The Democratic Primary Field as a History Department

The Democratic primary field is a mix of clashing personalities who like to hear themselves talk and where older white men are overrepresented. For those reasons I was reminded during the recent presidential debates of the dynamics in a university history department. With that in mind, here is the Democratic primary field (or at least most of it) as a history department.

Joe Biden is the old professor still teaching off of notes he typed up in 1975 who gets handsy at the holiday party after one too many scotch and sodas. His colleagues have been privately asking themselves for years why he hasn’t retired yet.

Bernie Sanders is the old Marxist scholar who doesn’t show up to all of the faculty meetings, but when he does he’s salty and still holds grudges established in 1983. While most of his colleagues are ambivalent towards him, the grad students and adjuncts like him a lot because he’s one of the few tenured people to actually bring their concerns to the faculty.

Kamala Harris is the hotshot rising associate professor known for showing up to job talks and destroying weak candidates with withering questions. She also suddenly became a transnational historian once that became a popular topic, abandoning her dissertation on diplomatic history.

Elizabeth Warren is the established full professor who is still putting out highly regarded research while maintaining a good reputation as a teacher. She also has managed to take Professor Sanders’s side in faculty meeting disputes without alienating her colleagues.

Beto O’Rourke is the young, run-of-the-mill assistant professor who thinks he is above his current department, and tries and fails every year to land a job at a more prestigious university.

Jay Inslee makes sure every job talk and seminar question he ever asks relates to environmental history, even if that has nothing to do with what’s being said. His colleagues secretly hate that his once obscure research has now become much more relevant than theirs.

Tim Ryan thinks his obsession with grade inflation is the reason that his class enrollments are low, not the fact that he is an insufferable ass who lacks empathy for his students.

John Hickenlooper spends most of his time trying to keep Professor Warren from being the department chair and bases his courses on historiography circa 1986. 

John Delaney is the military historian who spends all his time complaining that military history is a marginalized field because postmodernism has ruined “real history.”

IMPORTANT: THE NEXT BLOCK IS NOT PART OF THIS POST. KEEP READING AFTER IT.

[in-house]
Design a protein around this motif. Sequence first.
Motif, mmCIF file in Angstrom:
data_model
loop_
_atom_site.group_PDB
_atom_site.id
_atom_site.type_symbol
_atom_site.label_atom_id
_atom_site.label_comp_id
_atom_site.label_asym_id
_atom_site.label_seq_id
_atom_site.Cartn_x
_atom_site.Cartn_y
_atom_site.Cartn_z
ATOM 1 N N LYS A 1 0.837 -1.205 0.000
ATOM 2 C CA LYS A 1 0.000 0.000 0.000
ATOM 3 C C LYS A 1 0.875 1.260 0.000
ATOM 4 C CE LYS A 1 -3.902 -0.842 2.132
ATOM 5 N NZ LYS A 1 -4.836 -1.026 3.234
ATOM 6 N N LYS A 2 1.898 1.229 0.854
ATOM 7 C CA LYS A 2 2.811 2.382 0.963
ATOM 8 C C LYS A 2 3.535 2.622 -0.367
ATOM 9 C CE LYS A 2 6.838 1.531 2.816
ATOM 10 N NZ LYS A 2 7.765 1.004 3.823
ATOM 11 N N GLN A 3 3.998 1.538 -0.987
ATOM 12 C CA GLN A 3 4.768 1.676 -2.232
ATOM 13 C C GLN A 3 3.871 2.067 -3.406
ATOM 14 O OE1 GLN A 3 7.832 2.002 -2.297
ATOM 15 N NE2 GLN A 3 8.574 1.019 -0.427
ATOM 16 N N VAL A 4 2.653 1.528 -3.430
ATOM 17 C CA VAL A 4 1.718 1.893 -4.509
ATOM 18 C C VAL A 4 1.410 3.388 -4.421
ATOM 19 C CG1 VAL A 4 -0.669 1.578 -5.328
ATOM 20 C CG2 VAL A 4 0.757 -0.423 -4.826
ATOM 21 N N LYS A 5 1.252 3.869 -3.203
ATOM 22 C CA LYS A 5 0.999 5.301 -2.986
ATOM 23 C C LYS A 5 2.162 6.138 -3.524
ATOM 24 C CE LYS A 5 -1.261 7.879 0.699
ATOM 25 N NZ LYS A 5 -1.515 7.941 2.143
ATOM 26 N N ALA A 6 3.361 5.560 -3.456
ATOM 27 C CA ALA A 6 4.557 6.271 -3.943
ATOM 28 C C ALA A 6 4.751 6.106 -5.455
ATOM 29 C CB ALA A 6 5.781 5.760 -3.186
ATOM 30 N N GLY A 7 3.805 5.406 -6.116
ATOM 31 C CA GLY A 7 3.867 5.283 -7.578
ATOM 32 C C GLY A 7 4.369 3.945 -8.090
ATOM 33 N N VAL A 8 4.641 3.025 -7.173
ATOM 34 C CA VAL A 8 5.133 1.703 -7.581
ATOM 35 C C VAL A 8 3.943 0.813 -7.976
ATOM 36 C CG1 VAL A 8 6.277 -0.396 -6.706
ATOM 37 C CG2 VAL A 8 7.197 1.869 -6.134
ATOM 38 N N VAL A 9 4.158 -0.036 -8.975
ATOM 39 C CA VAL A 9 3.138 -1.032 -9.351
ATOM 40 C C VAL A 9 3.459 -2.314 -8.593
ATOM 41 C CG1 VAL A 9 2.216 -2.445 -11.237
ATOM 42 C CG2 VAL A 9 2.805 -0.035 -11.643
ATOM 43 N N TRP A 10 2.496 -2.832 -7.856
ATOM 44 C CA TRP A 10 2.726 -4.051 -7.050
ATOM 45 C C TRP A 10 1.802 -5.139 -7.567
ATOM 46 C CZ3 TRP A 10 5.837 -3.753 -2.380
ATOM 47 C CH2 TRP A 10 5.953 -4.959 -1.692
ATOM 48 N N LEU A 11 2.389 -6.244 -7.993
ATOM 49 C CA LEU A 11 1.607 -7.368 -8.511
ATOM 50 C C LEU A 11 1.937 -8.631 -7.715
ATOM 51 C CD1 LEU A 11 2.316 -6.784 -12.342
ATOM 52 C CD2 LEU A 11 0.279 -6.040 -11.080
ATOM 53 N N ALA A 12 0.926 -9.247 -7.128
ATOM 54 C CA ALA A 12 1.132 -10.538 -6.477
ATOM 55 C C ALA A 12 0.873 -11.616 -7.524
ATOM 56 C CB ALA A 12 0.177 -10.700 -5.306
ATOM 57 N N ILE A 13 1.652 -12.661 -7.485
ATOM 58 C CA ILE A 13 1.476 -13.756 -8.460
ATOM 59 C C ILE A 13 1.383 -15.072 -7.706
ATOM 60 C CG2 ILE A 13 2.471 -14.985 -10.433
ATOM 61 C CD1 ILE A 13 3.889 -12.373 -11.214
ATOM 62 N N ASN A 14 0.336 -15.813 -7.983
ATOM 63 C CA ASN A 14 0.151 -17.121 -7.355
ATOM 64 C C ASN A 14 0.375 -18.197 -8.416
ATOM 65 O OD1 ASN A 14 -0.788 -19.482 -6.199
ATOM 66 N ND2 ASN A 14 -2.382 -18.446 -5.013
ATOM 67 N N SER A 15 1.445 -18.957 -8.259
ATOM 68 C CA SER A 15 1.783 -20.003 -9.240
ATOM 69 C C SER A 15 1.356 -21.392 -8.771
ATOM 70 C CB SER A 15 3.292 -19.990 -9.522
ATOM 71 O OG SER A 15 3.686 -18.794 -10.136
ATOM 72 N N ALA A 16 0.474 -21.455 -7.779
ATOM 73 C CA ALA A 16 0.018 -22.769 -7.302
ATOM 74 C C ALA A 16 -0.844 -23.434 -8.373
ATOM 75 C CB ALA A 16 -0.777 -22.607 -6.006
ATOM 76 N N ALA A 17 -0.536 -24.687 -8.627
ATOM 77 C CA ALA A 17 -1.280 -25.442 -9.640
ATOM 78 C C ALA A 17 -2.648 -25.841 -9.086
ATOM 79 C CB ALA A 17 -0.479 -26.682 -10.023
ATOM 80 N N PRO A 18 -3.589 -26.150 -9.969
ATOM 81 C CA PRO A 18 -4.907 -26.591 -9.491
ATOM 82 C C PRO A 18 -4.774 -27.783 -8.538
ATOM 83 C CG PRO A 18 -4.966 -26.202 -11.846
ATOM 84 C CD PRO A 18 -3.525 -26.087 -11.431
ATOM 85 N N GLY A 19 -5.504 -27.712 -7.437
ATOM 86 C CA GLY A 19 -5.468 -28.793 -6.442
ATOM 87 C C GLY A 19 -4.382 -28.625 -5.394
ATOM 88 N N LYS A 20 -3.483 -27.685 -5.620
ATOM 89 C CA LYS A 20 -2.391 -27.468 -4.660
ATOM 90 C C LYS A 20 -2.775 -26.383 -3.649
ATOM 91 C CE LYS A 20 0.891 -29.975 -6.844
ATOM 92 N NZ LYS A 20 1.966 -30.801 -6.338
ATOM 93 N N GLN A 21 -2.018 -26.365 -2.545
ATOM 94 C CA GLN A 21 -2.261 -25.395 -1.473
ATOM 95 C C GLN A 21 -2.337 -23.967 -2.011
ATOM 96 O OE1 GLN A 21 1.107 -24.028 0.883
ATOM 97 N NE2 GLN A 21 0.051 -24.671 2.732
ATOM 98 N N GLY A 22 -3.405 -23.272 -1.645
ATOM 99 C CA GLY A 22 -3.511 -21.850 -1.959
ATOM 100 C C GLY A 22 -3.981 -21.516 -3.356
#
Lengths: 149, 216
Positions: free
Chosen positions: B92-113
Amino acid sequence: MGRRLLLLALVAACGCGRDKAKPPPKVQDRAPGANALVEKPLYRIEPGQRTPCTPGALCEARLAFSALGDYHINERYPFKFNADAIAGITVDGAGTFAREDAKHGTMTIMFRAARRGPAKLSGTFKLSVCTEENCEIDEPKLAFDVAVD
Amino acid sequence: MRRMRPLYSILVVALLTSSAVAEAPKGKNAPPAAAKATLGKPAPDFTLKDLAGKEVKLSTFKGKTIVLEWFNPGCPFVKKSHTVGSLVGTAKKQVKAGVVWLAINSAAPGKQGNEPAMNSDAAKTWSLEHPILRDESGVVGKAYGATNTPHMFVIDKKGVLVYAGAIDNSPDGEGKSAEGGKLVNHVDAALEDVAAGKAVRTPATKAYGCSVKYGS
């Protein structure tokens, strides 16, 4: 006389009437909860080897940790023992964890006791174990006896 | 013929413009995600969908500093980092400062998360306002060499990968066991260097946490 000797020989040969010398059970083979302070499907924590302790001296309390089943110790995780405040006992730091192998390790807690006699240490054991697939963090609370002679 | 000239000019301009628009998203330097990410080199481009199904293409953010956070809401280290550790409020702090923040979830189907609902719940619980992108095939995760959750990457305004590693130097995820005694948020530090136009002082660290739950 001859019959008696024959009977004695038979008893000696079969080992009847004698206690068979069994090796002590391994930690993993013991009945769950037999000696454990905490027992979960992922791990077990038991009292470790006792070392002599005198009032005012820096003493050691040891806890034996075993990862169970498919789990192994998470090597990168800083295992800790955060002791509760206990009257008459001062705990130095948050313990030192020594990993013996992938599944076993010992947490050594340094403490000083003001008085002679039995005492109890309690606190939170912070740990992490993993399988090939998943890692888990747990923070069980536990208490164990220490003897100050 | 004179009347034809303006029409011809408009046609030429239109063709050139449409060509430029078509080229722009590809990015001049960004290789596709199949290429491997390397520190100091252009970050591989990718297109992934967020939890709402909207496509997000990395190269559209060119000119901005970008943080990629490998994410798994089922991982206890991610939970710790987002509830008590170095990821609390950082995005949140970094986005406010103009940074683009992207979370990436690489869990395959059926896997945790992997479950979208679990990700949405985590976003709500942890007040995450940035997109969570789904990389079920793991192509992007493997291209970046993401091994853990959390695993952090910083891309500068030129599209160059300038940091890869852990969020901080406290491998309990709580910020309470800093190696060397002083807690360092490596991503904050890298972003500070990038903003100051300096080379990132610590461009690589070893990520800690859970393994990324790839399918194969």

Kirsten Gillibrand got ostracized by half of the department for backing grad student accusations of sexual harassment against a popular senior male colleague.

Amy Klobuchar is the professor who has racked up a lot of publications but has never mentored a graduate student on through their dissertation, despite taking on several of them in their first year at the school. When asked about this her former advisees, who always take on a different advisor or drop out, go silent. Junior colleagues pray that she’s not on their tenure committee.

When Tulsi Gabbard comes up in conversation her colleagues sigh and point fingers over who was responsible for hiring her.

Bill de Blasio got tenure based on a highly-regarded first book based off of his dissertation. He has not published anything since, but talks about his book in every single class, faculty function, colloquium, and job talk.

Eric Swalwell hits reply-all to the chair’s emails to the faculty.

Pete Buttigieg is the Type A personality assistant professor who got hired while he was still ABD at an Ivy League university. He was the golden child of his well-known advisor, but he mysteriously hasn’t published anything yet.

Michael Bennet speaks up a lot in faculty meetings, but his colleagues usually just let his comments die on the vine and then move on.

Andrew Yang runs a center on campus  with a very vague name that produces all kinds of emails about “innovation” and “disruption.” Everyone is surprised to see him in faculty meetings.

Mike Gravel is the emeritus professor whose name is still on his office door and whose mail keeps getting picked up but is somehow never spotted in the hallway.

Julian Castro is the new hire that nobody talked about when he arrived but had the fattest binders when he applied for tenure.

Cory Booker is the professor who is constantly talking about himself. This draws a core group of impressionable students who don’t understand why the other professors roll their eyes when they express their admiration for him.

Marianne Williamson is the professor who burns incense in her office and invites grad students over to her home to try edibles.

An earlier version of this piece appeared on the blog Notes from the Ironbound on June 30, 2019.